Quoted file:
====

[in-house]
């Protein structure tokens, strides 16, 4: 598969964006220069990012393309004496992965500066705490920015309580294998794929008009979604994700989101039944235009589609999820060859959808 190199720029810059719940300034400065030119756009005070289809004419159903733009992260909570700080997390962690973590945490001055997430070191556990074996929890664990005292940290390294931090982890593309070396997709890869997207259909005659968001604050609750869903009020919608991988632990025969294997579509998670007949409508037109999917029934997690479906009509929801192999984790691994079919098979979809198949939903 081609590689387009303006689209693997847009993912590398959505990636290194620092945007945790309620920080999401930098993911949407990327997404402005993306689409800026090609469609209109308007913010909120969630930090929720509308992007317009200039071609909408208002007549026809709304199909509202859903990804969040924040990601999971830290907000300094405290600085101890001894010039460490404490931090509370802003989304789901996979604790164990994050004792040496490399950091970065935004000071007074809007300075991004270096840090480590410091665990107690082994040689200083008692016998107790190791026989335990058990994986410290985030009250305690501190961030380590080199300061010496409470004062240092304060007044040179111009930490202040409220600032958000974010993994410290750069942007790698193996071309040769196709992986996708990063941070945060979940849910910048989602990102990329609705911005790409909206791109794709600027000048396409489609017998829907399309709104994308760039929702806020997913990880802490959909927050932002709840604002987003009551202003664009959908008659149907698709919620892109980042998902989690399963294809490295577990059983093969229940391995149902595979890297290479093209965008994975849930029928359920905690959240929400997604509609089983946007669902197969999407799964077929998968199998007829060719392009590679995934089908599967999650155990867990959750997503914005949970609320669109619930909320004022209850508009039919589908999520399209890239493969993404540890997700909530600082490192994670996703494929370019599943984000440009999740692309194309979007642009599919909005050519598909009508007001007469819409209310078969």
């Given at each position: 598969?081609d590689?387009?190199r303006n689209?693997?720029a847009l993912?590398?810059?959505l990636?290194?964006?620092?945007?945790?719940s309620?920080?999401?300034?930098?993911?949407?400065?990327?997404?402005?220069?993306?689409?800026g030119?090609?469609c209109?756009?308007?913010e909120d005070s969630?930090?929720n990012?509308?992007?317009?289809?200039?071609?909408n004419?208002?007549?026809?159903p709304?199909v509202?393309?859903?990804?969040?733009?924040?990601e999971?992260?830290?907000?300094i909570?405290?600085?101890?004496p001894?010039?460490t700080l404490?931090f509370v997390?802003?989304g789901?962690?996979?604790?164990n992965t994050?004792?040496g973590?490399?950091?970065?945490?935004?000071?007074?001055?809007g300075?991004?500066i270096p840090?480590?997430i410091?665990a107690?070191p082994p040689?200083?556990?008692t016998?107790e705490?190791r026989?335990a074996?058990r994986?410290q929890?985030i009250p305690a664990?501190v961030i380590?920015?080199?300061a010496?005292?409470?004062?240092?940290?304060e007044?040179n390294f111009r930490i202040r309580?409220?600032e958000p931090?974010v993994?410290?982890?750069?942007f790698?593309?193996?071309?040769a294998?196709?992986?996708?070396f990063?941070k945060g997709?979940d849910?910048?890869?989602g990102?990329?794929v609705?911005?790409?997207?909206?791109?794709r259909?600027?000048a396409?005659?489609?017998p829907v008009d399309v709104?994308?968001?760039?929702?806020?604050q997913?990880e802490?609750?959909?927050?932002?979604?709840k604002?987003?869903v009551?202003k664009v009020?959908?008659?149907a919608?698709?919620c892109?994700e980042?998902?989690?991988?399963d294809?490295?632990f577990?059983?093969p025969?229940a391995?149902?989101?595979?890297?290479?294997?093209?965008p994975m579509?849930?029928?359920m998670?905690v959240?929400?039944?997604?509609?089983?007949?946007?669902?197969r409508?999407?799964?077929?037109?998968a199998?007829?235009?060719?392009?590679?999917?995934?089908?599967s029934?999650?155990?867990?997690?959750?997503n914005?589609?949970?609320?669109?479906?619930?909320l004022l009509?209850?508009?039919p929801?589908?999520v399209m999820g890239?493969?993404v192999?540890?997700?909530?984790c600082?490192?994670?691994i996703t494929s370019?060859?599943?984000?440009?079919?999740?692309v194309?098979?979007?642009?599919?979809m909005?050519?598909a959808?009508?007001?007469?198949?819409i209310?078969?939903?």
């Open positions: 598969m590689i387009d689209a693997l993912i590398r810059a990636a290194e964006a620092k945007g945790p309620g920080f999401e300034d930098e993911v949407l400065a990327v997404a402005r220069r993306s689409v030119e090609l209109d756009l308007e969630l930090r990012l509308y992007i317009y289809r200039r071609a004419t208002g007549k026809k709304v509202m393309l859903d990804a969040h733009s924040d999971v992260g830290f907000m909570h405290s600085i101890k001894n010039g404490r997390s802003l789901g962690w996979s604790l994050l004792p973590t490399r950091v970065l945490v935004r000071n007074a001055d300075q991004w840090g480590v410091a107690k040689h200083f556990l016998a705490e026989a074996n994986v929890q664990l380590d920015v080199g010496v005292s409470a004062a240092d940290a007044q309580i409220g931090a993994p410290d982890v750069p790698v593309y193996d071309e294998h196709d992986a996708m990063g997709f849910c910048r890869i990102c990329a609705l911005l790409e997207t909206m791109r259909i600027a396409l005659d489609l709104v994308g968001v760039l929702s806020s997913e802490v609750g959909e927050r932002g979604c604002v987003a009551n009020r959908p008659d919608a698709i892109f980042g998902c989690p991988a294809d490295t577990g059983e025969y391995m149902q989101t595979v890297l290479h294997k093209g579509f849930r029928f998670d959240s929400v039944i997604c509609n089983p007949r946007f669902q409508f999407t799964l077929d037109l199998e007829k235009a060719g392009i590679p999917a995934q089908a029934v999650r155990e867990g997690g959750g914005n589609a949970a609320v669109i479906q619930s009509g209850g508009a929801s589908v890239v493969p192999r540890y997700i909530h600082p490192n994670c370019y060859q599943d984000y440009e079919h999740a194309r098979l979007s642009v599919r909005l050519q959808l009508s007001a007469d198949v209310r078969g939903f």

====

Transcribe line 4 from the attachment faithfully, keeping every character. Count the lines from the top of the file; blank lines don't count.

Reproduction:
């Open positions: 598969m590689i387009d689209a693997l993912i590398r810059a990636a290194e964006a620092k945007g945790p309620g920080f999401e300034d930098e993911v949407l400065a990327v997404a402005r220069r993306s689409v030119e090609l209109d756009l308007e969630l930090r990012l509308y992007i317009y289809r200039r071609a004419t208002g007549k026809k709304v509202m393309l859903d990804a969040h733009s924040d999971v992260g830290f907000m909570h405290s600085i101890k001894n010039g404490r997390s802003l789901g962690w996979s604790l994050l004792p973590t490399r950091v970065l945490v935004r000071n007074a001055d300075q991004w840090g480590v410091a107690k040689h200083f556990l016998a705490e026989a074996n994986v929890q664990l380590d920015v080199g010496v005292s409470a004062a240092d940290a007044q309580i409220g931090a993994p410290d982890v750069p790698v593309y193996d071309e294998h196709d992986a996708m990063g997709f849910c910048r890869i990102c990329a609705l911005l790409e997207t909206m791109r259909i600027a396409l005659d489609l709104v994308g968001v760039l929702s806020s997913e802490v609750g959909e927050r932002g979604c604002v987003a009551n009020r959908p008659d919608a698709i892109f980042g998902c989690p991988a294809d490295t577990g059983e025969y391995m149902q989101t595979v890297l290479h294997k093209g579509f849930r029928f998670d959240s929400v039944i997604c509609n089983p007949r946007f669902q409508f999407t799964l077929d037109l199998e007829k235009a060719g392009i590679p999917a995934q089908a029934v999650r155990e867990g997690g959750g914005n589609a949970a609320v669109i479906q619930s009509g209850g508009a929801s589908v890239v493969p192999r540890y997700i909530h600082p490192n994670c370019y060859q599943d984000y440009e079919h999740a194309r098979l979007s642009v599919r909005l050519q959808l009508s007001a007469d198949v209310r078969g939903f």